- However, the Council’s LADO had a role to monitor the investigation’s progress. Part of that role was to review it to ensure the matter was being progressed as quickly as possible. The LADO told us because of workload pressures, priority had to be given to other referrals being received and he did not follow up the matter after a month or as often as he would have liked. There is evidence of contact between the LADO and Mr X’s employer in September 2019, but this was some time after the investigation started. The lack of monitoring and review by the Council was fault.
Opportunity to comment
- We cannot consider a complaint against Mr X’s employer or the details of their investigation. I note Mr X was concerned that he was given no chance to comment on the allegations. However, the investigation itself was conducted by Mr X’s employer, not the Council. So, I find no fault by the Council in this regard.
- After the matter was decided, Mr X raised a complaint with the Council about delay. The Council’s response to this point referred him to a neighbouring county council. It may have been appropriate to refer questions about his daughter to another council, but, as Derbyshire County Council was overseeing the handling of the allegations about Mr X, directing Mr X elsewhere about delay in dealing with this was further fault.
- I have seen some details of the investigation that I am unable to share. I recognise that the length of the investigation had an impact on Mr X and I am mindful that I found fault in the two sections above. However, I do not consider the lack of review by the Council is likely to have had a significant impact on the length of the investigation, so the impact of the Council’s fault is limited.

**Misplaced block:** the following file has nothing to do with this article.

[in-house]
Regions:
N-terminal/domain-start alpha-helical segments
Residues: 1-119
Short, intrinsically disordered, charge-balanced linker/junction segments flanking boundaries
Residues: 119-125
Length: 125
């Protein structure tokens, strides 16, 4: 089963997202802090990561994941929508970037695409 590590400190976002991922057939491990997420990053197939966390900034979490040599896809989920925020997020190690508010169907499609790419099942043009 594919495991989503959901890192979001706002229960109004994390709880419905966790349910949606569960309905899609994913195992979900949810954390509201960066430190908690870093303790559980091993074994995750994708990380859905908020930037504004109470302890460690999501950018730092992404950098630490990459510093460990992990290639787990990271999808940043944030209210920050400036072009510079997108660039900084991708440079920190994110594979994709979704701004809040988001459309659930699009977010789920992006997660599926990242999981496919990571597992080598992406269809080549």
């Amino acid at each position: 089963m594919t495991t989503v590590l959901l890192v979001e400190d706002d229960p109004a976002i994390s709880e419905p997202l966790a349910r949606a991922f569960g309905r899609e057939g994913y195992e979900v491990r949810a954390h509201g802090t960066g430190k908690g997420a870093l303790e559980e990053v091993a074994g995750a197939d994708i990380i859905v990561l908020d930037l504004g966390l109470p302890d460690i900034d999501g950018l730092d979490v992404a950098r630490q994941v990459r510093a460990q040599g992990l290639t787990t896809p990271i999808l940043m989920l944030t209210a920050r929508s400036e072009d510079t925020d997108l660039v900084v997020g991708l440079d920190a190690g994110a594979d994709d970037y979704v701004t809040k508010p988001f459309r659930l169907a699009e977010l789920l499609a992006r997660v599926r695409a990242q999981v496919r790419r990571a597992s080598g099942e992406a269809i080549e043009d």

- It is for the attendees at a strategy meeting to decide how the outcome of an investigation should be recorded. The decision was taken in this case to record an “unsubstantiated” decision. The relevant guidance notes that this outcome reflects no guilt or innocence and is used when there is insufficient evidence to prove or disprove allegations made. This was a decision the attendees of the strategy meeting were entitled to reach. We have no grounds to overturn or seek to amend a decision reached properly.
- The Council should apologise to Mr X for the lack of review and monitoring of the investigations being conducted and for the inappropriate referral to a neighbouring council about the delay. This should be done within four weeks of my final decision.
- The Council should consider what steps it needs to take to ensure that LADO investigations are reviewed and monitored in future in accordance with the Derbyshire Safeguarding Board’s policies. This should be done within eight weeks of my final decision.
- There was fault by the Council. I have now completed my investigation and closed my file.
Investigator's decision on behalf of the Ombudsman